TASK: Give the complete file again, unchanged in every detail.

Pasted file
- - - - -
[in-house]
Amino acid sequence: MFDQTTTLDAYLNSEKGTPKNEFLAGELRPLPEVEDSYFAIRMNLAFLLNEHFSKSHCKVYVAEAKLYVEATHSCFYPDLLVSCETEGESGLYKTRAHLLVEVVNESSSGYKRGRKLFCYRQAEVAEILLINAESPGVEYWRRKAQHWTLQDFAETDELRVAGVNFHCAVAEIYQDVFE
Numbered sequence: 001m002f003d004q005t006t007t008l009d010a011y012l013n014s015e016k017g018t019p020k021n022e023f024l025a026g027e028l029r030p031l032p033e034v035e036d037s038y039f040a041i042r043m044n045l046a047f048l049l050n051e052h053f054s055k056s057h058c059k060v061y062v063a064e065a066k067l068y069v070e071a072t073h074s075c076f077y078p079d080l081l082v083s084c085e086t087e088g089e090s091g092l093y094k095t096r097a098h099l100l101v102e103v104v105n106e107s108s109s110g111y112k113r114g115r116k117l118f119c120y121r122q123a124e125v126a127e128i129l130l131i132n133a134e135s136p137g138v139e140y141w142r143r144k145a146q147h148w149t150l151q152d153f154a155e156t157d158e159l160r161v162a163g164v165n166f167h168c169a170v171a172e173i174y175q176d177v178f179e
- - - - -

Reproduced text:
[in-house]
Amino acid sequence: MFDQTTTLDAYLNSEKGTPKNEFLAGELRPLPEVEDSYFAIRMNLAFLLNEHFSKSHCKVYVAEAKLYVEATHSCFYPDLLVSCETEGESGLYKTRAHLLVEVVNESSSGYKRGRKLFCYRQAEVAEILLINAESPGVEYWRRKAQHWTLQDFAETDELRVAGVNFHCAVAEIYQDVFE
Numbered sequence: 001m002f003d004q005t006t007t008l009d010a011y012l013n014s015e016k017g018t019p020k021n022e023f024l025a026g027e028l029r030p031l032p033e034v035e036d037s038y039f040a041i042r043m044n045l046a047f048l049l050n051e052h053f054s055k056s057h058c059k060v061y062v063a064e065a066k067l068y069v070e071a072t073h074s075c076f077y078p079d080l081l082v083s084c085e086t087e088g089e090s091g092l093y094k095t096r097a098h099l100l101v102e103v104v105n106e107s108s109s110g111y112k113r114g115r116k117l118f119c120y121r122q123a124e125v126a127e128i129l130l131i132n133a134e135s136p137g138v139e140y141w142r143r144k145a146q147h148w149t150l151q152d153f154a155e156t157d158e159l160r161v162a163g164v165n166f167h168c169a170v171a172e173i174y175q176d177v178f179e